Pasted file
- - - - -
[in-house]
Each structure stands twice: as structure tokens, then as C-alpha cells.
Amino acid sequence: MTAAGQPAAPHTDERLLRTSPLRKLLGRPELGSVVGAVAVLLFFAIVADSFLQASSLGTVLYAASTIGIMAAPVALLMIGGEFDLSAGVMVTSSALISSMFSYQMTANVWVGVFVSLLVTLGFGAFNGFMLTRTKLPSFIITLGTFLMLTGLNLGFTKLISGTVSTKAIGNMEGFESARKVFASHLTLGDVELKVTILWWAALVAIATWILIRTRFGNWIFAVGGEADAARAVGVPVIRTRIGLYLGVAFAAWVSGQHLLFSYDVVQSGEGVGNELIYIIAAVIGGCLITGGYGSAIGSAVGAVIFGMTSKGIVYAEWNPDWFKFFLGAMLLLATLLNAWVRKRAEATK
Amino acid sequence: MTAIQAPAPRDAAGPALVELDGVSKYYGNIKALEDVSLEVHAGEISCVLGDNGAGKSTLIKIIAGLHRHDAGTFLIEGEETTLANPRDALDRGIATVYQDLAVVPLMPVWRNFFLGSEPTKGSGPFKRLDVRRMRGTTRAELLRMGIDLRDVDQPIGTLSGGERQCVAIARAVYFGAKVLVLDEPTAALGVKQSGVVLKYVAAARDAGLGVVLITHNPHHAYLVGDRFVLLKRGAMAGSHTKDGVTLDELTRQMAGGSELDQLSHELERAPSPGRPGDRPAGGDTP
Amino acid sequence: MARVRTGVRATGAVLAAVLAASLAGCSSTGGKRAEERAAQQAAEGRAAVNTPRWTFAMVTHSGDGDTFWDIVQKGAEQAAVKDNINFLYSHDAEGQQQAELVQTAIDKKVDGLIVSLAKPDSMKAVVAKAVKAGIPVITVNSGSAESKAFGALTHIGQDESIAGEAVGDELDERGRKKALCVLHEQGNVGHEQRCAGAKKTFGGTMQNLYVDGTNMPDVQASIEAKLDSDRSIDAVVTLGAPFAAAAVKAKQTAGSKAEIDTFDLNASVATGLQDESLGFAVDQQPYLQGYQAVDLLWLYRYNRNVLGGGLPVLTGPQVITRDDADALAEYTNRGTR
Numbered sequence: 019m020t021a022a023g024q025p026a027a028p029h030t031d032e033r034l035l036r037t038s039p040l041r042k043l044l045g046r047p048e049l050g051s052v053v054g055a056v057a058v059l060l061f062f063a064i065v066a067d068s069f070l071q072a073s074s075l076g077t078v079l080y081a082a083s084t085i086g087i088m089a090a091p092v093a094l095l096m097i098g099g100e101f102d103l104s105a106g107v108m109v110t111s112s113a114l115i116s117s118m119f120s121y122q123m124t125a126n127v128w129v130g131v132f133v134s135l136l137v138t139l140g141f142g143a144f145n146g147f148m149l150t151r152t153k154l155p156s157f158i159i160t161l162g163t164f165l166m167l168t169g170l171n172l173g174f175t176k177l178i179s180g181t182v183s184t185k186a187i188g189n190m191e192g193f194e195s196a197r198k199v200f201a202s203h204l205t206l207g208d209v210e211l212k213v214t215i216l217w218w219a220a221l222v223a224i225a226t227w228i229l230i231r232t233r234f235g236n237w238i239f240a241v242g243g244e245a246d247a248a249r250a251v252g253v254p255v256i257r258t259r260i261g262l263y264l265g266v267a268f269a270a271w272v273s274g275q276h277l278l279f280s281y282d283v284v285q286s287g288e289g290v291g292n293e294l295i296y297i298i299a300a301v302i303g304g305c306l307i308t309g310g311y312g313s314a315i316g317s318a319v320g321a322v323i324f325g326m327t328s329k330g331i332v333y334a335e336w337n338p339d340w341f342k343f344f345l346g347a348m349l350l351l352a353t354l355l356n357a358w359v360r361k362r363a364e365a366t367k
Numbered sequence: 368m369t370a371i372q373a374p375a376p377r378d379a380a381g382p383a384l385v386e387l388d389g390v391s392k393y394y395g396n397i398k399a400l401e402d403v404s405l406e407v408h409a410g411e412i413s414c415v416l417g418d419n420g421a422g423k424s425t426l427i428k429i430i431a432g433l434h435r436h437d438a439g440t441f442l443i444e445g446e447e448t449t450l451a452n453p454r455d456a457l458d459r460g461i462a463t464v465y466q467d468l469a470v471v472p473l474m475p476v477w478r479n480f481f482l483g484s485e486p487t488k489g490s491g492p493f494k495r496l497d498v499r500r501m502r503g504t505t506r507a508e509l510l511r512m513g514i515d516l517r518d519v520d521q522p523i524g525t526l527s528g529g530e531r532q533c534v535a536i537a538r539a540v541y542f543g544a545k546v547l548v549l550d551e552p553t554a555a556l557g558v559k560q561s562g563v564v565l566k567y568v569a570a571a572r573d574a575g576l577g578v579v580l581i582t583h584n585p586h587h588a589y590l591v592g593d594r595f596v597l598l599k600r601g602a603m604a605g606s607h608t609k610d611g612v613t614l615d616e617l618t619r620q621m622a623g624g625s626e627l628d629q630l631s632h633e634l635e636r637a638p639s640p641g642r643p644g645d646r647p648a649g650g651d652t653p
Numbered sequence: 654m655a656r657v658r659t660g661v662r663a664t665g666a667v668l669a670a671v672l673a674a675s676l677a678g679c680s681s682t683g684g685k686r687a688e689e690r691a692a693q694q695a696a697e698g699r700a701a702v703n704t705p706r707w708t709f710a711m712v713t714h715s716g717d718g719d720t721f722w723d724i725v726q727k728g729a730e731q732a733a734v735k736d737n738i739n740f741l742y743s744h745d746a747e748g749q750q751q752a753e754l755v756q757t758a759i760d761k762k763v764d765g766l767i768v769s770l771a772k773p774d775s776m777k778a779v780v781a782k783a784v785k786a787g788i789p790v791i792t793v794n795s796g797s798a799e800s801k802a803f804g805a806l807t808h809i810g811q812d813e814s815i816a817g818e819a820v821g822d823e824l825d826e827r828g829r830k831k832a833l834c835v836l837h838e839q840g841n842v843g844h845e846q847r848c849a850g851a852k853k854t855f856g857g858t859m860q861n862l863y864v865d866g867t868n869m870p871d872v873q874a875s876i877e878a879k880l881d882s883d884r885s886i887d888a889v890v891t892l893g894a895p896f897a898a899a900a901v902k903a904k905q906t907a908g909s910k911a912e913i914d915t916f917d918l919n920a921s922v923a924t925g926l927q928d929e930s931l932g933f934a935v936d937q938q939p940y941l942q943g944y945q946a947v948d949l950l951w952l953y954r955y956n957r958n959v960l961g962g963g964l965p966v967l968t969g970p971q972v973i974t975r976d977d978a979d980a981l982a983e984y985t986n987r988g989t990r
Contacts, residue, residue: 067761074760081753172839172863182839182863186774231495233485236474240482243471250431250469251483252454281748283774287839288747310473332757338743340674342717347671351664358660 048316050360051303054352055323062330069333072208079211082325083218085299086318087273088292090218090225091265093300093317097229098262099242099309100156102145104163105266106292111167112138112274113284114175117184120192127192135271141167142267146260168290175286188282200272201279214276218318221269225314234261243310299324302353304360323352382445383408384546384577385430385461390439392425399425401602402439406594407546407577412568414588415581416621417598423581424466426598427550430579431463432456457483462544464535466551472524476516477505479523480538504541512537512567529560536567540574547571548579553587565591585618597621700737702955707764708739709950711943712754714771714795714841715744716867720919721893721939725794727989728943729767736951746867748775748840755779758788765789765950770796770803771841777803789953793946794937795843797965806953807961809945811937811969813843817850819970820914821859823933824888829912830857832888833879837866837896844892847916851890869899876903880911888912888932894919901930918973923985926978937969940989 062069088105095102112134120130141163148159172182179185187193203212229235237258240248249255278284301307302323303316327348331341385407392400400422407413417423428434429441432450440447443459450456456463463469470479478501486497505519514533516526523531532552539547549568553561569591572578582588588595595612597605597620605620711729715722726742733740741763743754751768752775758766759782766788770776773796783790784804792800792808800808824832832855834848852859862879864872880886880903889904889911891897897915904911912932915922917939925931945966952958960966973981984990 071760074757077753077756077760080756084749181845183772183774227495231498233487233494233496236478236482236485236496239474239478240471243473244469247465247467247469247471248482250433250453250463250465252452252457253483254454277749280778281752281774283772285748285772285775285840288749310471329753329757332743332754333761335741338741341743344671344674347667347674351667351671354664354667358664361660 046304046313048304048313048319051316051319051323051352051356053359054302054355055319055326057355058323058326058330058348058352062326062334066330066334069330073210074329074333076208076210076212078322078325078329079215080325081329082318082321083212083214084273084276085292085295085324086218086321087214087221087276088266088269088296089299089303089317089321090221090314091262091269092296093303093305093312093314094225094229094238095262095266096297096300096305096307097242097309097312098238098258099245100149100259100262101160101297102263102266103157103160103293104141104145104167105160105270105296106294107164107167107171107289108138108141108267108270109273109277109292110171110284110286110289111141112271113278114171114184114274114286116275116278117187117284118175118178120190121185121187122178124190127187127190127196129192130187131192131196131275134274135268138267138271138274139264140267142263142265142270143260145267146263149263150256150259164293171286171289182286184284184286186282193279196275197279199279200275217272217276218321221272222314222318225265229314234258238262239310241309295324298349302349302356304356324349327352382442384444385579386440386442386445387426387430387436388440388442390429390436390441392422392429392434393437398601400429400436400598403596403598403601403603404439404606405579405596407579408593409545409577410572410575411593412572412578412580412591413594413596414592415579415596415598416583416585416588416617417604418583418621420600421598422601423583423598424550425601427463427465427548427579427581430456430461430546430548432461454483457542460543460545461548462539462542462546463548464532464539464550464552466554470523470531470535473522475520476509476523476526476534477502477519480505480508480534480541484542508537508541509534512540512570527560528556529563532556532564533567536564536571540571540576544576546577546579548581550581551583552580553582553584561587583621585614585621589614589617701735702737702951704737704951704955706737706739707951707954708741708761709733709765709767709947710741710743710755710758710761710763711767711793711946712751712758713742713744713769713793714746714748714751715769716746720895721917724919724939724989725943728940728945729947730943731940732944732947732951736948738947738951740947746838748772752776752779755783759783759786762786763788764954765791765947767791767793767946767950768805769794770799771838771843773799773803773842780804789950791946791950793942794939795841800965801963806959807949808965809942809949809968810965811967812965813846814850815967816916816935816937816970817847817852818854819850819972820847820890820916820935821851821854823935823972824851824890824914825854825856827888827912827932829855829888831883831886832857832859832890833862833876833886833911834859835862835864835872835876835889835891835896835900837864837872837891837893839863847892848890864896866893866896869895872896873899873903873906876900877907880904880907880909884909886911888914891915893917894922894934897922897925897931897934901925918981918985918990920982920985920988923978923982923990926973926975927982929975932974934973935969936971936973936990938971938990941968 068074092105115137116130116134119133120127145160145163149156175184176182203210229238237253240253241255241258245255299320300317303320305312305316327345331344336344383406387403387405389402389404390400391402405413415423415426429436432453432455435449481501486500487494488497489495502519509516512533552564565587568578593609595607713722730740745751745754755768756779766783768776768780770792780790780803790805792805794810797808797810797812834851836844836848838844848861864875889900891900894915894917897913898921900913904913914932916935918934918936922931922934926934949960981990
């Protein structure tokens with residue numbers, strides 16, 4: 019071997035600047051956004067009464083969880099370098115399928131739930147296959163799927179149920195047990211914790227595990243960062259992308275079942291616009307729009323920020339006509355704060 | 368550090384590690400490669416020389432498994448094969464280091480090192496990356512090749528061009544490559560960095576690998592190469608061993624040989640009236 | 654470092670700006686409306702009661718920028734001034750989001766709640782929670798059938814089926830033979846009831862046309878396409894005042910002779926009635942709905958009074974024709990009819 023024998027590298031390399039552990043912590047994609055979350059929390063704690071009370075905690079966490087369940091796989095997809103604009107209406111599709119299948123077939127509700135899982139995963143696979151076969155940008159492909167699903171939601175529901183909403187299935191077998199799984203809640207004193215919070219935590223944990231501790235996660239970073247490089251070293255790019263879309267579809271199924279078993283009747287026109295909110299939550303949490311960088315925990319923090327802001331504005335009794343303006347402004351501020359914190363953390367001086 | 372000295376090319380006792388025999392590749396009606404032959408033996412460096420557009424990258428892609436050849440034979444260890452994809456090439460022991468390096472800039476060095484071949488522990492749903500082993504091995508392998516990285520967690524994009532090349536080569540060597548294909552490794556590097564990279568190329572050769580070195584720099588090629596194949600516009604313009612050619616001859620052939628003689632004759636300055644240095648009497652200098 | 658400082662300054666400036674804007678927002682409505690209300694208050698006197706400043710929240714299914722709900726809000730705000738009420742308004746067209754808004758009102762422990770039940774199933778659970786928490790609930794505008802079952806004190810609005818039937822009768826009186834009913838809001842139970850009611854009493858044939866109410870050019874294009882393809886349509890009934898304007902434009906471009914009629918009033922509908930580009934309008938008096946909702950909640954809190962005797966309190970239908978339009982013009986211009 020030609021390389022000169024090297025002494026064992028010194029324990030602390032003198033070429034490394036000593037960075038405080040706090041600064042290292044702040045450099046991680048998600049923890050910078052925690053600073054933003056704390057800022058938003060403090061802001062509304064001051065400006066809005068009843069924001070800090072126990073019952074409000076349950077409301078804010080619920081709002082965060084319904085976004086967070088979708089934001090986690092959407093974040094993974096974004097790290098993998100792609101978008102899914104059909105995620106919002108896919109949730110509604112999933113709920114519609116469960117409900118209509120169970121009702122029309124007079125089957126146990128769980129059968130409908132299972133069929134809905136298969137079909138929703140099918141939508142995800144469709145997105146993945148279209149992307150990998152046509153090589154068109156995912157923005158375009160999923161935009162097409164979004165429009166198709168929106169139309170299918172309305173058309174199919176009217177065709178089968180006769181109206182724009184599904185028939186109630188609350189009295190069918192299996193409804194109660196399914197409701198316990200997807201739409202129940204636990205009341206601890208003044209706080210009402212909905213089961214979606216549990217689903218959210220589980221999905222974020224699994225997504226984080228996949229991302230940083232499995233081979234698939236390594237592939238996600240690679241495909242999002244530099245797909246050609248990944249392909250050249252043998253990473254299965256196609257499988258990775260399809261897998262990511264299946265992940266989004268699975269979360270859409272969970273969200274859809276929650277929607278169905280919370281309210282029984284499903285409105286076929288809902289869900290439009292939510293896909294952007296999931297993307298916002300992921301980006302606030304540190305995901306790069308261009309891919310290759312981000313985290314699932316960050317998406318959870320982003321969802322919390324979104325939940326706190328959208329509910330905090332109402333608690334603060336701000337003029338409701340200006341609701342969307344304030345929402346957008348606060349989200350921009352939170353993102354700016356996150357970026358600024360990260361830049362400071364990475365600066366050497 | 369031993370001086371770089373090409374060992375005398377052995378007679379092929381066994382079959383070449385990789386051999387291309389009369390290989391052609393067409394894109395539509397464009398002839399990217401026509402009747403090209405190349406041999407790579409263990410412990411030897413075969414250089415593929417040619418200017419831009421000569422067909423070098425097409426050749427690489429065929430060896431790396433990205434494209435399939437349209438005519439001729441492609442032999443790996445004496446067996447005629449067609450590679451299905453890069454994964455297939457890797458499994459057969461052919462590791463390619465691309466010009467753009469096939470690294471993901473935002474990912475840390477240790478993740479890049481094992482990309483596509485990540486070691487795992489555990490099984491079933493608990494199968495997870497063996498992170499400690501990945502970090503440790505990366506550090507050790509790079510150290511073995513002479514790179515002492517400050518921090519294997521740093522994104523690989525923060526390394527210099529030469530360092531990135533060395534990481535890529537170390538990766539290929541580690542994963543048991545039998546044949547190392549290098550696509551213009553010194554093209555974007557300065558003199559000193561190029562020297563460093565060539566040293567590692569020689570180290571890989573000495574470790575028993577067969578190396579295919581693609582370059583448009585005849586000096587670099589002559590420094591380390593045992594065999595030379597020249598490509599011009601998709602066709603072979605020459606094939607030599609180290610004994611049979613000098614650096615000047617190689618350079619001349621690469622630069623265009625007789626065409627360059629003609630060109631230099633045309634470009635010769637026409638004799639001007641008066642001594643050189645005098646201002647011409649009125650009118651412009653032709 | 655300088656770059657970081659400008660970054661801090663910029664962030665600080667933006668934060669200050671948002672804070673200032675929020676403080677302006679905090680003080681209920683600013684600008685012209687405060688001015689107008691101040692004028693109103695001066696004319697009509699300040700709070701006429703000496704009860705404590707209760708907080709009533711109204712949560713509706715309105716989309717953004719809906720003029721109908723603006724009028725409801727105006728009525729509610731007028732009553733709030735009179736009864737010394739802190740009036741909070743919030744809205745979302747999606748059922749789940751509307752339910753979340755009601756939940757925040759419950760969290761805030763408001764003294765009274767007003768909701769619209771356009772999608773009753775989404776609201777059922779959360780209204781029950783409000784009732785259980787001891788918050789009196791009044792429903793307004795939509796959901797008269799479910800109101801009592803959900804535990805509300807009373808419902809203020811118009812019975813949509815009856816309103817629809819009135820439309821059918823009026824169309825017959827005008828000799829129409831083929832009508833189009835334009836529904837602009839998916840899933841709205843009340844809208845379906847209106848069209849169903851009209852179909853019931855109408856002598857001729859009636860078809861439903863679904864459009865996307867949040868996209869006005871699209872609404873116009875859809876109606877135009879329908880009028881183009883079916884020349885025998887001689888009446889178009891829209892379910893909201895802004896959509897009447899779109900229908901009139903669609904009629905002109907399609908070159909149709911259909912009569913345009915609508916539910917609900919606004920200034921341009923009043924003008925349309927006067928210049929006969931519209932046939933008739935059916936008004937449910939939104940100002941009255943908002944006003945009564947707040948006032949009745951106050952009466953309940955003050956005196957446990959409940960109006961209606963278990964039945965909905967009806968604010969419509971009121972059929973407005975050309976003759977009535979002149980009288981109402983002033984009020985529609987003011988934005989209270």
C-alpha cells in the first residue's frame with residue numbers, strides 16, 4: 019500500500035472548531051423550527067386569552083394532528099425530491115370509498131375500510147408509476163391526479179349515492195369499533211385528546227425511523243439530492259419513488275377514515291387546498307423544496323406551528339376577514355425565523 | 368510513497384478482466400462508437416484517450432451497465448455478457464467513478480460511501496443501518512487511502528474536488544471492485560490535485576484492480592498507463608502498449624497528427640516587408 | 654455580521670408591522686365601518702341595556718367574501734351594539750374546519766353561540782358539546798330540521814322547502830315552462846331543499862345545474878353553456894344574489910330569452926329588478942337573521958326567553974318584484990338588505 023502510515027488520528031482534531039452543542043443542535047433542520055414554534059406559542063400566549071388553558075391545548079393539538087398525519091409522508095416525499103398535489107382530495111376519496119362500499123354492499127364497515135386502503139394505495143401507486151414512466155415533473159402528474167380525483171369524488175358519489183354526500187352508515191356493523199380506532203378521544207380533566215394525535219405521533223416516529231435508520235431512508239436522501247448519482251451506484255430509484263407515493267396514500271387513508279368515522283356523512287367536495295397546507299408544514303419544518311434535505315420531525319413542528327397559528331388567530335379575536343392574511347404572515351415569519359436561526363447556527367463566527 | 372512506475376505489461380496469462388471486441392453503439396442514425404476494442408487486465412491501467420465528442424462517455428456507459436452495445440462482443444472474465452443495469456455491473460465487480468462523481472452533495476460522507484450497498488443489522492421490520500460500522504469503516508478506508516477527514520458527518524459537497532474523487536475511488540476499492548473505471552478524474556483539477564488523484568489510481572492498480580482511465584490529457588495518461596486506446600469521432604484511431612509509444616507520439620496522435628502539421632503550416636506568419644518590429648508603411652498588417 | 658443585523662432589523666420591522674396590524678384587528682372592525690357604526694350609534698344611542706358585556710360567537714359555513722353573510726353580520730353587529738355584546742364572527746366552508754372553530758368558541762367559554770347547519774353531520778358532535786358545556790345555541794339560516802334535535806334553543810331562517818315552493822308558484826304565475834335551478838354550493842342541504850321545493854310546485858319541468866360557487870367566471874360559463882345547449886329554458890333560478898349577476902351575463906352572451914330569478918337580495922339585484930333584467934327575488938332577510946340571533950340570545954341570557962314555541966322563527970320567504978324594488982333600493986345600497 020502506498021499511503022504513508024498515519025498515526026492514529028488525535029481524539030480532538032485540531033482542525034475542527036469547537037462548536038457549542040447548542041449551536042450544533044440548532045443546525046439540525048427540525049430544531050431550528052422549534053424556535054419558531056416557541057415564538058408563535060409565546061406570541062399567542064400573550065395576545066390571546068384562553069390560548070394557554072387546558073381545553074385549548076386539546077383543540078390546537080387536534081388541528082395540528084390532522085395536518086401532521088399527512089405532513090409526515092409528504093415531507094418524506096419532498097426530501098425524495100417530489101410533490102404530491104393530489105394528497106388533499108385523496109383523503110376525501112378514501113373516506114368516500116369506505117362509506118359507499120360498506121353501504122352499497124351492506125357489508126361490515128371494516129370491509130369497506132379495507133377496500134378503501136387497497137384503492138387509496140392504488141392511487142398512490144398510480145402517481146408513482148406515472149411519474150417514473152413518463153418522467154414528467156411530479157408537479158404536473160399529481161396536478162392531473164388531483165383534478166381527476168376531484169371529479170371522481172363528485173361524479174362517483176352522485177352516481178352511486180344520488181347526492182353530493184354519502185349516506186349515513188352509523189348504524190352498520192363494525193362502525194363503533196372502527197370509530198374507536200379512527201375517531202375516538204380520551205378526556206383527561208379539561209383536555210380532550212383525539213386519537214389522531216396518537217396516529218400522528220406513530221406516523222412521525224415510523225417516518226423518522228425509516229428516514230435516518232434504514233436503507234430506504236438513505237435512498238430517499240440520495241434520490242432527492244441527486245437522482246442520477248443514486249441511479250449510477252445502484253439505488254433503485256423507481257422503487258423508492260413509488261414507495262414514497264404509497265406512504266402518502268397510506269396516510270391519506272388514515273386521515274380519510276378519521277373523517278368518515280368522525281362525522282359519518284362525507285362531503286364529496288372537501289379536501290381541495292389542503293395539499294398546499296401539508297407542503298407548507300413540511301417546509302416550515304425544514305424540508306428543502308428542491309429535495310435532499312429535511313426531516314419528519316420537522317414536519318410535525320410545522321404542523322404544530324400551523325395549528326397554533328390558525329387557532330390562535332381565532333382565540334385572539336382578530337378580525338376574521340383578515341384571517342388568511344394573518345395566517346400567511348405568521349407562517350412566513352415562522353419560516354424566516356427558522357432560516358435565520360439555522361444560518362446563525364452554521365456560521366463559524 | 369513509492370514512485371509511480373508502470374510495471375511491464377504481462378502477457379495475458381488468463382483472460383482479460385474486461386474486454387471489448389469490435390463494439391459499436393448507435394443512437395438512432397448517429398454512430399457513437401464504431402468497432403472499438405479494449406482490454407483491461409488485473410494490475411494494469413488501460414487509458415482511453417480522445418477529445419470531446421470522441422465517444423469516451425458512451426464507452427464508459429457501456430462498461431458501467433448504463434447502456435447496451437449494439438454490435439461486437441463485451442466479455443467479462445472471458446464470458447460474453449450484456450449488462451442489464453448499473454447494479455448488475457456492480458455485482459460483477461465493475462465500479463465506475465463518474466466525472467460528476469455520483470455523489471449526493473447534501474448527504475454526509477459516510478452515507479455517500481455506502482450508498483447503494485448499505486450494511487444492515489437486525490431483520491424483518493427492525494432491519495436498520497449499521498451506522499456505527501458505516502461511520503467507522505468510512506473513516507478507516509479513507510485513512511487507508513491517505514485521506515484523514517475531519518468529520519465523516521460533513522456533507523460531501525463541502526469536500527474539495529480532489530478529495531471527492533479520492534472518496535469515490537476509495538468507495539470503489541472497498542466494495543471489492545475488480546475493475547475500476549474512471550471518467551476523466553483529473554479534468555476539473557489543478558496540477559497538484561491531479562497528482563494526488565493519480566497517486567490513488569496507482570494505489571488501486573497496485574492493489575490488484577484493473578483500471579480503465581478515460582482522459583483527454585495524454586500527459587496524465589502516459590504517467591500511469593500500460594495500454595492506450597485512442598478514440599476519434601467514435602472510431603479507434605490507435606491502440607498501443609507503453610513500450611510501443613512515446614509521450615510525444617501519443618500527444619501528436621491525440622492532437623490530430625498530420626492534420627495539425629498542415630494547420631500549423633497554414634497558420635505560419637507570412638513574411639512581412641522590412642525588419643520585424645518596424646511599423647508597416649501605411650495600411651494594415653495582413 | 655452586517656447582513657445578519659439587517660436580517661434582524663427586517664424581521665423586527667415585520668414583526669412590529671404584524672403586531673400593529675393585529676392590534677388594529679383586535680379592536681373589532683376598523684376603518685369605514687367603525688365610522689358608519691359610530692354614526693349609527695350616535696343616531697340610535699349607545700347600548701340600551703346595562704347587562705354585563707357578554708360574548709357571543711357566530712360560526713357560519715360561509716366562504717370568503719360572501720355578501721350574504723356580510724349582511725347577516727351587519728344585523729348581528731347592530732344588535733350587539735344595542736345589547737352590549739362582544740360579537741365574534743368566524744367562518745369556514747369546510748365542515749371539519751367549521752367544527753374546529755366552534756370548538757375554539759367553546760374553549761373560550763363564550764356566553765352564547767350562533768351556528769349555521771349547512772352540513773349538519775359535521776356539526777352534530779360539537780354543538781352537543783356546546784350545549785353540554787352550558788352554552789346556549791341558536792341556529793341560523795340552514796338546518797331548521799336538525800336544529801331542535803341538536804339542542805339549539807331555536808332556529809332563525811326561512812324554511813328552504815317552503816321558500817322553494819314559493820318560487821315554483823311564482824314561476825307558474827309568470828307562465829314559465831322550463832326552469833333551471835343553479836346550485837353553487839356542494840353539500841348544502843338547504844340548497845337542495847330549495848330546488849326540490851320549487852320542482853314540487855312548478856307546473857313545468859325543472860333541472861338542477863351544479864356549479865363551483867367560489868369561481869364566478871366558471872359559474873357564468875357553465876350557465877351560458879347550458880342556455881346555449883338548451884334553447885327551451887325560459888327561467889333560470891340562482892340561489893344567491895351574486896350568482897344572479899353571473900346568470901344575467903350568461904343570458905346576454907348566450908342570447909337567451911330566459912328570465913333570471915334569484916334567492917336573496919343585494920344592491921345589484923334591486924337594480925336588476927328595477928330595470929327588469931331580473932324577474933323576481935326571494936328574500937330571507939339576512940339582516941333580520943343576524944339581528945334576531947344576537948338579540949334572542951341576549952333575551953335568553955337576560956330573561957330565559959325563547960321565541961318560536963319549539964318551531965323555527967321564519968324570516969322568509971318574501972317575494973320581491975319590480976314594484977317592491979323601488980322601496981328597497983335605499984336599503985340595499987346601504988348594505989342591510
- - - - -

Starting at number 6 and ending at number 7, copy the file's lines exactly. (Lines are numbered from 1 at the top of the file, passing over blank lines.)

Numbered sequence: 019m020t021a022a023g024q025p026a027a028p029h030t031d032e033r034l035l036r037t038s039p040l041r042k043l044l045g046r047p048e049l050g051s052v053v054g055a056v057a058v059l060l061f062f063a064i065v066a067d068s069f070l071q072a073s074s075l076g077t078v079l080y081a082a083s084t085i086g087i088m089a090a091p092v093a094l095l096m097i098g099g100e101f102d103l104s105a106g107v108m109v110t111s112s113a114l115i116s117s118m119f120s121y122q123m124t125a126n127v128w129v130g131v132f133v134s135l136l137v138t139l140g141f142g143a144f145n146g147f148m149l150t151r152t153k154l155p156s157f158i159i160t161l162g163t164f165l166m167l168t169g170l171n172l173g174f175t176k177l178i179s180g181t182v183s184t185k186a187i188g189n190m191e192g193f194e195s196a197r198k199v200f201a202s203h204l205t206l207g208d209v210e211l212k213v214t215i216l217w218w219a220a221l222v223a224i225a226t227w228i229l230i231r232t233r234f235g236n237w238i239f240a241v242g243g244e245a246d247a248a249r250a251v252g253v254p255v256i257r258t259r260i261g262l263y264l265g266v267a268f269a270a271w272v273s274g275q276h277l278l279f280s281y282d283v284v285q286s287g288e289g290v291g292n293e294l295i296y297i298i299a300a301v302i303g304g305c306l307i308t309g310g311y312g313s314a315i316g317s318a319v320g321a322v323i324f325g326m327t328s329k330g331i332v333y334a335e336w337n338p339d340w341f342k343f344f345l346g347a348m349l350l351l352a353t354l355l356n357a358w359v360r361k362r363a364e365a366t367k
Numbered sequence: 368m369t370a371i372q373a374p375a376p377r378d379a380a381g382p383a384l385v386e387l388d389g390v391s392k393y394y395g396n397i398k399a400l401e402d403v404s405l406e407v408h409a410g411e412i413s414c415v416l417g418d419n420g421a422g423k424s425t426l427i428k429i430i431a432g433l434h435r436h437d438a439g440t441f442l443i444e445g446e447e448t449t450l451a452n453p454r455d456a457l458d459r460g461i462a463t464v465y466q467d468l469a470v471v472p473l474m475p476v477w478r479n480f481f482l483g484s485e486p487t488k489g490s491g492p493f494k495r496l497d498v499r500r501m502r503g504t505t506r507a508e509l510l511r512m513g514i515d516l517r518d519v520d521q522p523i524g525t526l527s528g529g530e531r532q533c534v535a536i537a538r539a540v541y542f543g544a545k546v547l548v549l550d551e552p553t554a555a556l557g558v559k560q561s562g563v564v565l566k567y568v569a570a571a572r573d574a575g576l577g578v579v580l581i582t583h584n585p586h587h588a589y590l591v592g593d594r595f596v597l598l599k600r601g602a603m604a605g606s607h608t609k610d611g612v613t614l615d616e617l618t619r620q621m622a623g624g625s626e627l628d629q630l631s632h633e634l635e636r637a638p639s640p641g642r643p644g645d646r647p648a649g650g651d652t653p